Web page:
Tuesday, February 3, 2009
Genovese Basil (Ocimum basilicum)
'Genovese' is the Italian strain regarded as the best for pesto. It has large dark green leaves, each leaf up to 2" long. It grows to 18-24" and has a tall and uniform habit. Bushy plant with ovate, glossy, bright green leaves often with a toothed edge to 2" long. It produce white flowers. The Basil Genovese Italian, 'Ocimum basilicum', is widely grown in Italy. Genovese basil has a strong basil flavor and aroma and is a favorite for pesto. There is nothing like the smell of basil. Basil is the smell of summer. Genovese basil will not disappoint the basil lover. It has a particularly strong fragrance and flavor making it excellent for almost any basil dish.
How to grow
Basil represents the essence of the summer garden. It is not hard to grow from seed, which germinates readily at temperatures between 75-85 degrees. Contrary to most cultivation information on basil, it does not mind slightly acid soil or partial shade. As a matter of fact, it will do best in an area protected from the wind and scorching midday sun. It likes rich, well-drained soil and will grow best in soil enhanced with well-composted manure. It hates cold and should be planted out only when night temperatures reach 50 to 55 degrees. If you practice companion planting, plant basil near tomatoes and peppers to enhance their growth.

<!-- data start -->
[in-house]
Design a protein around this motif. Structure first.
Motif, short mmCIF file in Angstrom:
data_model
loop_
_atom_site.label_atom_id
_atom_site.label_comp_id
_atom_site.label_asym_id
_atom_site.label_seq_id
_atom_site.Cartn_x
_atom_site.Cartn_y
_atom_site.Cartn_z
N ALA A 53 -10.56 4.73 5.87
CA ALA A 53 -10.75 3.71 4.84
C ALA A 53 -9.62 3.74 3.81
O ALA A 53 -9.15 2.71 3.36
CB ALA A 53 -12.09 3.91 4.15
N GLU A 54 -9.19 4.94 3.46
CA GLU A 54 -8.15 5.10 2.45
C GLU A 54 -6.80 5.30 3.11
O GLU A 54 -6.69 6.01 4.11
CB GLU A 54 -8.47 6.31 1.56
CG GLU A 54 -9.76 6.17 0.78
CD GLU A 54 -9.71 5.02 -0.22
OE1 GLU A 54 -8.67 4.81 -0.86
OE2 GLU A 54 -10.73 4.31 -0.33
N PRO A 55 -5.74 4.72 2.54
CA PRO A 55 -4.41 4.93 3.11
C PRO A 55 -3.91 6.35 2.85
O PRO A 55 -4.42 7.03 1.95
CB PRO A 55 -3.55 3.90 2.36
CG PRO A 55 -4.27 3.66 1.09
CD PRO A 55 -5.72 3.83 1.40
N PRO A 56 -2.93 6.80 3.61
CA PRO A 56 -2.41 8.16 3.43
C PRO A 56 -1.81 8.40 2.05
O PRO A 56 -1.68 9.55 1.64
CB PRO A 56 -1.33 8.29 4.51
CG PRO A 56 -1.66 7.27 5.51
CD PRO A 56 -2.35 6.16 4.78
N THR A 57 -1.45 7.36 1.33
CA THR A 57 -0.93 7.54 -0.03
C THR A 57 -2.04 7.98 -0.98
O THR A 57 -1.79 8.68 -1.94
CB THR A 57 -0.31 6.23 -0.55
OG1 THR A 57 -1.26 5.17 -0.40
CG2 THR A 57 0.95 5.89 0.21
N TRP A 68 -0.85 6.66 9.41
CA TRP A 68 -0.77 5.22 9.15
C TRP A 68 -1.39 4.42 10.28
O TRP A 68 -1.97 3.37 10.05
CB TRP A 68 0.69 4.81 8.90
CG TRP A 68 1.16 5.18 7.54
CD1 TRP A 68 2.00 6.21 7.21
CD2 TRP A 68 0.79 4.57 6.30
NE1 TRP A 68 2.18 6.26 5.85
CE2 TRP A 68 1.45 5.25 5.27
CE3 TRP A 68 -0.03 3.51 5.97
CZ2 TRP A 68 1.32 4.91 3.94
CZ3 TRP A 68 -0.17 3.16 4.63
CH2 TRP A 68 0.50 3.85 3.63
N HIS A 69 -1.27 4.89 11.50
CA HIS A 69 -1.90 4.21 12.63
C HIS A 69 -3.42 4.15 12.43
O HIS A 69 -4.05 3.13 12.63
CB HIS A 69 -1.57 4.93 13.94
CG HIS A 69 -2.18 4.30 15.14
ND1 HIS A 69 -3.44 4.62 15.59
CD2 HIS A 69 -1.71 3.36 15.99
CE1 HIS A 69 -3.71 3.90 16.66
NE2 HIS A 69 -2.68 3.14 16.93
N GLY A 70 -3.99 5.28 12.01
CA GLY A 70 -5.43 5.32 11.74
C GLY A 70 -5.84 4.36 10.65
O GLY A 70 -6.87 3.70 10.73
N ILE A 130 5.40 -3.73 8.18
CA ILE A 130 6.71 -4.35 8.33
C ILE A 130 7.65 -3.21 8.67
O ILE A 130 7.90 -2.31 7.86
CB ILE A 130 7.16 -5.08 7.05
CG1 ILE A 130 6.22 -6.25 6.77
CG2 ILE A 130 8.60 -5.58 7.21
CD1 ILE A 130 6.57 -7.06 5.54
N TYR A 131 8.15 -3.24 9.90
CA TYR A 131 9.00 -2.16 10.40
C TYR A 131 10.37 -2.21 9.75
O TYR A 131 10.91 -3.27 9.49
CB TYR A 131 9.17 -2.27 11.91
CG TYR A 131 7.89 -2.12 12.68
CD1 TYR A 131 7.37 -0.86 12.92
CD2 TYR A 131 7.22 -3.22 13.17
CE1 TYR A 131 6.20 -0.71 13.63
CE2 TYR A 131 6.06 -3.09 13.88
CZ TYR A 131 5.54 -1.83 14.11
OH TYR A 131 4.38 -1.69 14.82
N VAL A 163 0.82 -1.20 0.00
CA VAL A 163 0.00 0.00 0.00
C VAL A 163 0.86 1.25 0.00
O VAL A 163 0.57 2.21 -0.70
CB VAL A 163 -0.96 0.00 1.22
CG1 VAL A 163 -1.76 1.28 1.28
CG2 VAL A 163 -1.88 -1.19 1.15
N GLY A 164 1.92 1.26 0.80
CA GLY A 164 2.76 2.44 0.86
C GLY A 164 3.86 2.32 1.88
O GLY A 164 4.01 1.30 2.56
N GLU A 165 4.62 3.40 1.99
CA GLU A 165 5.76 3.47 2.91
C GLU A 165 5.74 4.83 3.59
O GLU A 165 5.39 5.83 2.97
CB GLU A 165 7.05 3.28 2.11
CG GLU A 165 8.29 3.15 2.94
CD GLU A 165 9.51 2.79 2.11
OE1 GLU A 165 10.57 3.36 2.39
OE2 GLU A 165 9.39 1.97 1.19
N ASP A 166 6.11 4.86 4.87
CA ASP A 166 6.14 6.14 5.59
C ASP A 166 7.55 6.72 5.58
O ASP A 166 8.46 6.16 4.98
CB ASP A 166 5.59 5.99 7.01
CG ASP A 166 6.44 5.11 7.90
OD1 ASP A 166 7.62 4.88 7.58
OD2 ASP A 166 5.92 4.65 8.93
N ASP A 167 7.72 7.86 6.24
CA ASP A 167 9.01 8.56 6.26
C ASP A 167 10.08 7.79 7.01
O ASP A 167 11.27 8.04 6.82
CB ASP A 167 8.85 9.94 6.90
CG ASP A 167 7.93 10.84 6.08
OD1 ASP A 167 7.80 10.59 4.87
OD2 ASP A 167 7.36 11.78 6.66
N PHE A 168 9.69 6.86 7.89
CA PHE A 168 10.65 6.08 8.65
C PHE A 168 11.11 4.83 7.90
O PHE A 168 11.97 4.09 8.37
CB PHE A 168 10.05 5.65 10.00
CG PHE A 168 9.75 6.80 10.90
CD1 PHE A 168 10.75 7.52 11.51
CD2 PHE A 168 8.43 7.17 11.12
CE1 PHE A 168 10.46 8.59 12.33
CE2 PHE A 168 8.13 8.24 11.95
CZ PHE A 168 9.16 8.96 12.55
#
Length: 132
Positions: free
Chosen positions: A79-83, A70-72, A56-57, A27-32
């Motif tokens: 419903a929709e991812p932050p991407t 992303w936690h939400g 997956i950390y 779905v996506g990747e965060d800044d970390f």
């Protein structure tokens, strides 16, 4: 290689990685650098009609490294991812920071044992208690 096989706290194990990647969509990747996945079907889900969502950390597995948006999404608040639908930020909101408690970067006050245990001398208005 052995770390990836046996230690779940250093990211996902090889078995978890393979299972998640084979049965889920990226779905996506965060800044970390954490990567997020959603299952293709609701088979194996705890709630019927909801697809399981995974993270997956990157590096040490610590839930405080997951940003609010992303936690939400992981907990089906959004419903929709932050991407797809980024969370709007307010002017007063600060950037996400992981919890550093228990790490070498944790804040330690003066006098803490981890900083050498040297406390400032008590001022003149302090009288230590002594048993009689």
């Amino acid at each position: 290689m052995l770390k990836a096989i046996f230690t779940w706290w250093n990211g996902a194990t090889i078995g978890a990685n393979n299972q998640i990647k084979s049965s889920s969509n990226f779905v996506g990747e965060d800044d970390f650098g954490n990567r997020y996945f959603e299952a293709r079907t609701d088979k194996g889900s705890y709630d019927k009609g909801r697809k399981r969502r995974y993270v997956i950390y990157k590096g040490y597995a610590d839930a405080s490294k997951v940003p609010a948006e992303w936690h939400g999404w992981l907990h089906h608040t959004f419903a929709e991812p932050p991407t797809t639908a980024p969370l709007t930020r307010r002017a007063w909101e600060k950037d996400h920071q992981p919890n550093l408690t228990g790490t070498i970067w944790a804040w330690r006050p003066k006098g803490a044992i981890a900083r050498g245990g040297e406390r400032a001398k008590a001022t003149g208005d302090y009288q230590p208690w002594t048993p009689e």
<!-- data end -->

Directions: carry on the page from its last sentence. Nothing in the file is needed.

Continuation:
Pinch it back early and often to encourage bushiness. Do not let it flower unless you want to let it set seed as this destroys the flavor and shortens the lifespan of the plant.
It is one of the most popular basils for culinary use, particularly for use in pesto, the traditional genoese sauce.
Genovese basil (in ligurian language baxaicò or baxeicò) has also played a role in many cultures. In Italy, it is considered a sign of love. Women who are ready to receive a suitor might put out a pot of basil as a sign of their willingness. In France, it is called herbe royale referring to the relation of its name with the greek "Basileos" (= King). It is widely mentioned in literature, such as in Boccaccio's Decameron.